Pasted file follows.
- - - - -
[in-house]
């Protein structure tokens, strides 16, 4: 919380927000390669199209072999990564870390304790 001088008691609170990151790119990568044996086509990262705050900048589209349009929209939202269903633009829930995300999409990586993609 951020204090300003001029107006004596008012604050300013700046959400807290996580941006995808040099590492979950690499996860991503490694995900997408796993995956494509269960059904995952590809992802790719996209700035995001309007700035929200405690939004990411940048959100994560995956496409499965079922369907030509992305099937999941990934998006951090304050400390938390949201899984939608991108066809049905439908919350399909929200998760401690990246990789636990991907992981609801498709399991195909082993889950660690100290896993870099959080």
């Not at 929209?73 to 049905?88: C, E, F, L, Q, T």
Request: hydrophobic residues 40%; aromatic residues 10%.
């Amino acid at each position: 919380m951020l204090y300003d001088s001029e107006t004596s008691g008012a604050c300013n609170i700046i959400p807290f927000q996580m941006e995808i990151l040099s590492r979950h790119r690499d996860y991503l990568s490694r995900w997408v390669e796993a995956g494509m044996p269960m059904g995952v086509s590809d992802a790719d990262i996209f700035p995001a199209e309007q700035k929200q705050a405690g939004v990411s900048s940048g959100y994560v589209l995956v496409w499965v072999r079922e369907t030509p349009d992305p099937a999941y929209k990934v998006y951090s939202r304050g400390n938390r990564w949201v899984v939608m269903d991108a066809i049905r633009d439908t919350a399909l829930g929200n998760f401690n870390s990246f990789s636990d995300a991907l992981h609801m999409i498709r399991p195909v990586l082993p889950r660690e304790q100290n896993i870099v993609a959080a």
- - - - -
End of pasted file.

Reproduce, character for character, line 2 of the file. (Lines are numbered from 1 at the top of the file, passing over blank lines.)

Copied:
């Protein structure tokens, strides 16, 4: 919380927000390669199209072999990564870390304790 001088008691609170990151790119990568044996086509990262705050900048589209349009929209939202269903633009829930995300999409990586993609 951020204090300003001029107006004596008012604050300013700046959400807290996580941006995808040099590492979950690499996860991503490694995900997408796993995956494509269960059904995952590809992802790719996209700035995001309007700035929200405690939004990411940048959100994560995956496409499965079922369907030509992305099937999941990934998006951090304050400390938390949201899984939608991108066809049905439908919350399909929200998760401690990246990789636990991907992981609801498709399991195909082993889950660690100290896993870099959080």